Booster MI Training Sessions: Are They Worth the Time in Primary Care?

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September 30, 2015 by Nicholas Spence

The increasing use of motivational interviewing in clinical practice for lifestyle behavior change is far from surprising as the evidence base demonstrating its merits is growing daily. If, however, motivational interviewing is going to achieve its full potential in primary care settings, there needs to be more work done to understand the best way to train clinicians. Without a doubt, appropriate counseling is premised on adequate skills, knowledge, and abilities of the health care provider.

The study by Fu et al. (2015) in Patient Education and Counseling sought to assess the relative merit of two training models (moderate vs. high intensity) of motivational interviewing in a primary care setting focused on tobacco use. For busy clinicians, in a world where time is always short and efficiency is of significant importance, training models for motivational interviewing must be particularly sensitive to these issues in this population while maintaining standards of practice. This is one key dimension of the study.

Fu and colleagues used a randomized research design with 34 participants, including physician assistants, nurse practitioners, nurses, and pharmacists, working in the Department of Veteran Affairs (USA) on Patient Aligned Care Teams focused on smoking cessation. Participants from various sites were randomized into two motivational interviewing training programs, moderate intensity (n=16) and high intensity (n=18). Both groups had motivational interviewing champions or site leads (clinician who receives additional motivational training); motivational interviewing expert trainers (clinical psychologists with expertise in motivational interviewing); one half day training workshop (foundational knowledge of motivational interviewing, video examples, practice scenarios); and self-study materials (presentation slides, worksheets, educational pocket cards). In addition, the high intensity training program included six one hour booster sessions administered over three months, focused on sustaining existing knowledge and improving skills, including telephone interactions with simulated patients and peer coaching.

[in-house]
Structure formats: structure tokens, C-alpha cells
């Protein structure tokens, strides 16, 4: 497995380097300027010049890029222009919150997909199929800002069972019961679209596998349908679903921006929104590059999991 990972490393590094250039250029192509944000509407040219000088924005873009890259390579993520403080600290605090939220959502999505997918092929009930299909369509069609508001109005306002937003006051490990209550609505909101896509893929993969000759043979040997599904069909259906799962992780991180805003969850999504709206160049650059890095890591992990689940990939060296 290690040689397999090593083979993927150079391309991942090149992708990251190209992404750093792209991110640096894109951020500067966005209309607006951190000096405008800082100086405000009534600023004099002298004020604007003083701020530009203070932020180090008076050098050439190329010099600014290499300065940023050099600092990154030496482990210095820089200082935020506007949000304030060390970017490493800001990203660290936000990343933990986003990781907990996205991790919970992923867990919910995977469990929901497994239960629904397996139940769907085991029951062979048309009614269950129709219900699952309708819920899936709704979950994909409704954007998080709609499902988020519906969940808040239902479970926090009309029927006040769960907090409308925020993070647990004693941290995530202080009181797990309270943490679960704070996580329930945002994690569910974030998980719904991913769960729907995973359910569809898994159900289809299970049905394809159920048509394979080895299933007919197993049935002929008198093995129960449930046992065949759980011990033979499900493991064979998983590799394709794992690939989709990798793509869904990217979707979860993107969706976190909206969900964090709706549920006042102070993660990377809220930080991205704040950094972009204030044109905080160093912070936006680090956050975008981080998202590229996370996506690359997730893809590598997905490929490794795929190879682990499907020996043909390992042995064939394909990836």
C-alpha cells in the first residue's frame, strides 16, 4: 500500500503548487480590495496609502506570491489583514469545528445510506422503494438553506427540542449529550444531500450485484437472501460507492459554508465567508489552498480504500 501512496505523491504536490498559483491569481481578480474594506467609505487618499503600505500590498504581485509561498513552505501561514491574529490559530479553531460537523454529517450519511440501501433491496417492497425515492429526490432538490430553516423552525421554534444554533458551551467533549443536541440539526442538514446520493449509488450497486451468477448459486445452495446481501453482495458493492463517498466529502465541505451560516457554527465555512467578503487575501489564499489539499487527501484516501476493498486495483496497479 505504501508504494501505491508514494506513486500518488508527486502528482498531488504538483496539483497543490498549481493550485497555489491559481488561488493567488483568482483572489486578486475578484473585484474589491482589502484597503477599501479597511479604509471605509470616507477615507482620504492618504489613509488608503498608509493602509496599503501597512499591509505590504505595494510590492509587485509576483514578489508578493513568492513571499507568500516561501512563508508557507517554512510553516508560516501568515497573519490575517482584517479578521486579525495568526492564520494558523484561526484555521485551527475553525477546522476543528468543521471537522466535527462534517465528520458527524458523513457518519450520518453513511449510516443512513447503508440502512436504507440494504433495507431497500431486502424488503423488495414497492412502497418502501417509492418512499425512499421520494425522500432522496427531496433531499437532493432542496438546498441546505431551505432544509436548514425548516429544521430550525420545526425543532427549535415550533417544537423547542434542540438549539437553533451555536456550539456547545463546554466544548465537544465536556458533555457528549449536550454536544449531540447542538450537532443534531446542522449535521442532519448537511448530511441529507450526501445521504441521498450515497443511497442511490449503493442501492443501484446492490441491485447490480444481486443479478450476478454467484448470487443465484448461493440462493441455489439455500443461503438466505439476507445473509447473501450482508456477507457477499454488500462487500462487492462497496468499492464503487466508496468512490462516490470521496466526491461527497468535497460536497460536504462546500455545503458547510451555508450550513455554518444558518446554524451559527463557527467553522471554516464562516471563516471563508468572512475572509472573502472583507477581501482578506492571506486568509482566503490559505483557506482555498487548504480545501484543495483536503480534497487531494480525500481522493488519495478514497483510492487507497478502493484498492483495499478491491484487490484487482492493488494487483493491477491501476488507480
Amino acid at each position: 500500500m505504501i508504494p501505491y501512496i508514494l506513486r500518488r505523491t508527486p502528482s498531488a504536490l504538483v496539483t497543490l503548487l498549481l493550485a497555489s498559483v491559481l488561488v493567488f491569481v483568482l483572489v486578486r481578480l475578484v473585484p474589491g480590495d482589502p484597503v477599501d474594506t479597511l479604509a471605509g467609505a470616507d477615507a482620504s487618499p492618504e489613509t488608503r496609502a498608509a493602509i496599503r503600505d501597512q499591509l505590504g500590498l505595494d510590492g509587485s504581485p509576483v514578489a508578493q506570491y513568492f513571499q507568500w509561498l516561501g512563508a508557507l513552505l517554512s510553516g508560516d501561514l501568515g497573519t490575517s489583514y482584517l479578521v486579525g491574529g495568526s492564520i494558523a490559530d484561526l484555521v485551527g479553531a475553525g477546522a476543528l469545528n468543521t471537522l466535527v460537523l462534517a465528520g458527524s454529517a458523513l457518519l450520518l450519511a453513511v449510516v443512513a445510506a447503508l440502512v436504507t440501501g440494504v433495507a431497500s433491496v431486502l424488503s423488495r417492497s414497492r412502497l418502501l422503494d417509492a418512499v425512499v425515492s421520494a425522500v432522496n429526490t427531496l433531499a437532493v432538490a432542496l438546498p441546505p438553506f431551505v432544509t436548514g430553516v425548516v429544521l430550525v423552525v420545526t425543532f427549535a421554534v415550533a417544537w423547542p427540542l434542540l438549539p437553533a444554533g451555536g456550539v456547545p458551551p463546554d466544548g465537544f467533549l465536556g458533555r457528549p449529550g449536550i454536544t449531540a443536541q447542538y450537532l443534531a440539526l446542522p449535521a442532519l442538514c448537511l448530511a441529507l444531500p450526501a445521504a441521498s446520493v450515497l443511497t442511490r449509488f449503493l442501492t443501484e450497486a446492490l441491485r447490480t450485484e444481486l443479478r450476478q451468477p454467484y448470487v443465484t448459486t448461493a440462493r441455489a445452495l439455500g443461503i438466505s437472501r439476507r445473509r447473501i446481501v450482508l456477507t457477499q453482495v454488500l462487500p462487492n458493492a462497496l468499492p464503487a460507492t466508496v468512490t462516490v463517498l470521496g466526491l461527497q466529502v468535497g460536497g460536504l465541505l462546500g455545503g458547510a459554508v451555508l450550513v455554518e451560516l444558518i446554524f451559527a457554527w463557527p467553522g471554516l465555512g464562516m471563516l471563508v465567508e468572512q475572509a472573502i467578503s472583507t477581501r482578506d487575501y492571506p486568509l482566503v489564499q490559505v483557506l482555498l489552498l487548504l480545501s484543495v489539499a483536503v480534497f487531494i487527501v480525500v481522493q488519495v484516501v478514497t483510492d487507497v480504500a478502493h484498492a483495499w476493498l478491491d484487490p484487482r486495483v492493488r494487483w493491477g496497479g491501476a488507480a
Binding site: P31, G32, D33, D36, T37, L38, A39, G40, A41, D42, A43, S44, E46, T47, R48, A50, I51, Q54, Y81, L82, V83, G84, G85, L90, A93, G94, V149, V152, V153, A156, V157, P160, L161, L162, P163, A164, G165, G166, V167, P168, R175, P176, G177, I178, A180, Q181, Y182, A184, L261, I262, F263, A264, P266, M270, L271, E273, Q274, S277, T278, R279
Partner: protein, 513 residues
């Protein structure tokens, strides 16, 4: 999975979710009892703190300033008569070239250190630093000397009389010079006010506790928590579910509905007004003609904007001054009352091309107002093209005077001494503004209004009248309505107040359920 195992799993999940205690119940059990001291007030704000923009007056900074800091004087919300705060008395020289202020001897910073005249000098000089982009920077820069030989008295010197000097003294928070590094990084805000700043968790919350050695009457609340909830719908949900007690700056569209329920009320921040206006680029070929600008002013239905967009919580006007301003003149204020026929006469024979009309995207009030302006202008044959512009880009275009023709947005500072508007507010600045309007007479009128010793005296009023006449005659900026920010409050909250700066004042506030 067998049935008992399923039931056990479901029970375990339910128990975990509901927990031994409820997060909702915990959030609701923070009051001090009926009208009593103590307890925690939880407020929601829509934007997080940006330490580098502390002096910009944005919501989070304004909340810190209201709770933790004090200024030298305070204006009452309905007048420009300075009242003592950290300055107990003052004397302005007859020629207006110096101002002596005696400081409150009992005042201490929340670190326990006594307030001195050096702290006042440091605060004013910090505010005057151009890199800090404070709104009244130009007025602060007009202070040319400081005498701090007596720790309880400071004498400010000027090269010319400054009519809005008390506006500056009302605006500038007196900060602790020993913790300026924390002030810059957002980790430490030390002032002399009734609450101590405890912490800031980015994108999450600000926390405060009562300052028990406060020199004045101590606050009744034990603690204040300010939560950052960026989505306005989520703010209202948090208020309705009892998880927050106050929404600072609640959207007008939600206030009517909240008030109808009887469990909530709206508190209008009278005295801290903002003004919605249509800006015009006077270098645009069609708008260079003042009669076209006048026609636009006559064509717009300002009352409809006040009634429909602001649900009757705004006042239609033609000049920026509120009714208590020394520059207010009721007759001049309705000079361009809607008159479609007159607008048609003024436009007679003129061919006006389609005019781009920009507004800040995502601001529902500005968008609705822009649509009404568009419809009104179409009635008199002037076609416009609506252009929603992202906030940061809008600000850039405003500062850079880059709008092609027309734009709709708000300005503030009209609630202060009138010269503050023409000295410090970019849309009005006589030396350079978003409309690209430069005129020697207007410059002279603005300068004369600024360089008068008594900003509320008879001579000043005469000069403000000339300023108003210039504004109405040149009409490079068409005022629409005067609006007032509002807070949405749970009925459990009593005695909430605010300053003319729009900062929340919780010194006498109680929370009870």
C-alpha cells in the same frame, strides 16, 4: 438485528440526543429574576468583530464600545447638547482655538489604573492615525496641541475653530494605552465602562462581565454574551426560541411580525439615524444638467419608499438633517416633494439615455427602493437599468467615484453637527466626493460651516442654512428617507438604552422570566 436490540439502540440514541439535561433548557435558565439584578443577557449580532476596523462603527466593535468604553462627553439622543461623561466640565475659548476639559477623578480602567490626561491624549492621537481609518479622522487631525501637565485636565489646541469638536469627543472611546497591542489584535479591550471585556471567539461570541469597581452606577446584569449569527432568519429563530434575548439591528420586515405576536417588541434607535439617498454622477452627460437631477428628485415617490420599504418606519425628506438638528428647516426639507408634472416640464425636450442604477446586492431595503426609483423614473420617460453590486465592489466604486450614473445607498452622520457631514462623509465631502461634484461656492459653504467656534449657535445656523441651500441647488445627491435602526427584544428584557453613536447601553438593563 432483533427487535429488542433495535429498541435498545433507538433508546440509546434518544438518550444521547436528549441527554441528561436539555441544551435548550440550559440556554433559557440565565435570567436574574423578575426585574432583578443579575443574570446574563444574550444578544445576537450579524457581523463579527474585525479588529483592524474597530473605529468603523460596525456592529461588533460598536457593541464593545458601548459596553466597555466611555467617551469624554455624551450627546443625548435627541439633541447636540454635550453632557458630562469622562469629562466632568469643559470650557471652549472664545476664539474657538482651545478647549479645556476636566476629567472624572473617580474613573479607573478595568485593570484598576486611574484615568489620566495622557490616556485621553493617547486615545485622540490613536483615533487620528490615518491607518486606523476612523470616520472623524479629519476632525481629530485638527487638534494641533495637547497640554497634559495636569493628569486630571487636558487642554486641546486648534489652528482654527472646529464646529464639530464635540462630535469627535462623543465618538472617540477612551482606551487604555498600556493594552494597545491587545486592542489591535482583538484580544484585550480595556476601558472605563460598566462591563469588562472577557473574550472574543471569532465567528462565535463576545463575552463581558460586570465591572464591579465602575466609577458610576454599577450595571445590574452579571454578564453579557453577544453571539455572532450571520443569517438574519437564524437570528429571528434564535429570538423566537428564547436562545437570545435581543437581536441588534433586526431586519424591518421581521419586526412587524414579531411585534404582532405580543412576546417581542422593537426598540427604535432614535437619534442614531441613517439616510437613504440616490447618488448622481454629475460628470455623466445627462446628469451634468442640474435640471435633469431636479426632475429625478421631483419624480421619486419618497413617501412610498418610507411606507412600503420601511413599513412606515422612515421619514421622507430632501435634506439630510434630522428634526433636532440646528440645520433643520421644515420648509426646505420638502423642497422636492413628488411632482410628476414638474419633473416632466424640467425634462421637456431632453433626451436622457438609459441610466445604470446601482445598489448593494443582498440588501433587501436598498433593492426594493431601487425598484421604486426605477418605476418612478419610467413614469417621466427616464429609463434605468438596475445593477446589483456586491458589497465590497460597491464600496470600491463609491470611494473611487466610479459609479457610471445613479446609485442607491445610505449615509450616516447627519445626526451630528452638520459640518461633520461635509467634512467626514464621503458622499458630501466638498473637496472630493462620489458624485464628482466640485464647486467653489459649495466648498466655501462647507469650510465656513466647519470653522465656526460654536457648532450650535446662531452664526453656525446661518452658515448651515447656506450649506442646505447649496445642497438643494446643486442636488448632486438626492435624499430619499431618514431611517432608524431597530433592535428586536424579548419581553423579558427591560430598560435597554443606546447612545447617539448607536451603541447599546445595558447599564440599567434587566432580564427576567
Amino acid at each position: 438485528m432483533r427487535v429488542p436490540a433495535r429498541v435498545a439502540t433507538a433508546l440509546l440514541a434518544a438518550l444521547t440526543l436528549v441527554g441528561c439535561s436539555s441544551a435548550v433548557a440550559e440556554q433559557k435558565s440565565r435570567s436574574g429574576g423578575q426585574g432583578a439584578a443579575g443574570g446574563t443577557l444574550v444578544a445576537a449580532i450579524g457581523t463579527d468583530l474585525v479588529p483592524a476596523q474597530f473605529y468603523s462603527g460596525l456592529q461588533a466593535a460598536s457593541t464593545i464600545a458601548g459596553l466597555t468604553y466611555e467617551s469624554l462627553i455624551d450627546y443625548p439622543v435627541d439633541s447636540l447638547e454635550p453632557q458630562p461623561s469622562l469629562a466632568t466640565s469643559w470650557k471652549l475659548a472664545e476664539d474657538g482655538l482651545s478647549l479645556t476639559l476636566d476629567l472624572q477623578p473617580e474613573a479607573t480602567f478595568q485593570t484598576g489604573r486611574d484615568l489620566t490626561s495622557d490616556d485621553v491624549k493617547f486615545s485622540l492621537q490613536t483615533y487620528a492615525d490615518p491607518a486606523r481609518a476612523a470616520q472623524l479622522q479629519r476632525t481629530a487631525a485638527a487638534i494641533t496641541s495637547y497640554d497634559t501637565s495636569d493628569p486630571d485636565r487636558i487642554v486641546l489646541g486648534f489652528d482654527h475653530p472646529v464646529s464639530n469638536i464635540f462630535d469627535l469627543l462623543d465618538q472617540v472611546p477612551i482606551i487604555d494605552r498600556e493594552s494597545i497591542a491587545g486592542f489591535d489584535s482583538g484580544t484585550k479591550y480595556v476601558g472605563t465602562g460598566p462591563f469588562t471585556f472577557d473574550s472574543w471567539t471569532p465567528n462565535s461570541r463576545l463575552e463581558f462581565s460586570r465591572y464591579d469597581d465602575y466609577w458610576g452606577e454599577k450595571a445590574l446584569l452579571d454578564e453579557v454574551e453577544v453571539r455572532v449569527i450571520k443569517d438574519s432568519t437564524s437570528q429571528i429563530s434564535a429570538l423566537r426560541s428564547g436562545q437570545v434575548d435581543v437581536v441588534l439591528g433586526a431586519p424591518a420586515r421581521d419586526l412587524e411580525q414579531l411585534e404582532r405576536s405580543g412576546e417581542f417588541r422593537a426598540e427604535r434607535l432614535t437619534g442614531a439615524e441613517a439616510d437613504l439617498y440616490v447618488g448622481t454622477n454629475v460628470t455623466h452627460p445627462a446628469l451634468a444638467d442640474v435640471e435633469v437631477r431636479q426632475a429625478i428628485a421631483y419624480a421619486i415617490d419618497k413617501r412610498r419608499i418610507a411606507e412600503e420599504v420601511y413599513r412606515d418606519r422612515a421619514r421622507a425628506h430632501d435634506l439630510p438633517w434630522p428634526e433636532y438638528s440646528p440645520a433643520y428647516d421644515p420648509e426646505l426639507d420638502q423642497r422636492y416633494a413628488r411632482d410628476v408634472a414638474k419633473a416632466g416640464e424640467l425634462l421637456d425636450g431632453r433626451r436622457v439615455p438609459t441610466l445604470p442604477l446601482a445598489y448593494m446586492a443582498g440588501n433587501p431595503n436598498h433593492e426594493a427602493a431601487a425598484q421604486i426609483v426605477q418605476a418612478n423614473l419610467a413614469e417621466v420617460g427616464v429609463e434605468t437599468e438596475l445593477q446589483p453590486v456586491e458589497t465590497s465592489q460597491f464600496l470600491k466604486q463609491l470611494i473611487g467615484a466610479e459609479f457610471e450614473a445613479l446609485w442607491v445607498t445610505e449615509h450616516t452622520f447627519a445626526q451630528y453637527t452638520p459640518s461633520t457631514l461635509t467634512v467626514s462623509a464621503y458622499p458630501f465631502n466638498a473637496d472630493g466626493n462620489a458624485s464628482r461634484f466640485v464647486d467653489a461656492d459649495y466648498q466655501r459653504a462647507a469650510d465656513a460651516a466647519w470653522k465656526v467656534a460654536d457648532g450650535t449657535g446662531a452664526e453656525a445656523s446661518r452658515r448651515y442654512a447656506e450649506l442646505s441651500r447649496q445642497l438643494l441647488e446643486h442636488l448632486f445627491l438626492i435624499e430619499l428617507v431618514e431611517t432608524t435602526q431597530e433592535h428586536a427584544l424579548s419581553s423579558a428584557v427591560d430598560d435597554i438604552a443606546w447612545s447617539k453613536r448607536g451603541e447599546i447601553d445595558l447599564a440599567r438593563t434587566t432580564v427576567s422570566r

Using a standard measure to assess motivational interviewing proficiency called the Motivational Interviewing Treatment Integrity or MITI 3.1.1, data were gathered at two time points: baseline or pre-training and at 12 weeks post-training.

What were the findings? There were significant improvements in the high vs. moderate intensity training program over the course of the study for all clinicians. Specifically, positive changes in the MITI proficiency scores related to evocation, collaboration, use of open questions, and number of motivational interviewing adherent behaviors were observed. Also, there were improvements in self-reported knowledge, counseling skills, and confidence, which were positively related to actual proficiency.

Based on this work, one half day training workshop followed by six short one hour booster sessions, including telephone interactions with simulated patients coupled with peer coaching, can enhance the motivational interviewing proficiency of clinicians. As a relatively successful training program with a reasonable time commitment, there is promise in terms of the scalability of this work to a variety of clinical settings.

Despite the merits of the study, there are some issues left to resolve: How can we maximize attendance at training sessions given the variance in rates across providers? For example, booster session attendance indicated marked differences among clinicians, including nurse practitioner, physician, and physician assistant (57%), nurses (83%), and pharmacists (87%). Can fewer booster sessions yield similar levels in motivational interviewing skills? Do these findings translate to real clinical encounters? Finally, are these findings applicable to other primary care settings and teams addressing other health outcomes, such as obesity? Yes, this is an important area of inquiry. The development of evidence based motivational interviewing training protocols will lead to vast improvements in clinician skills, knowledge, and abilities, resulting in optimal outcomes for patients.

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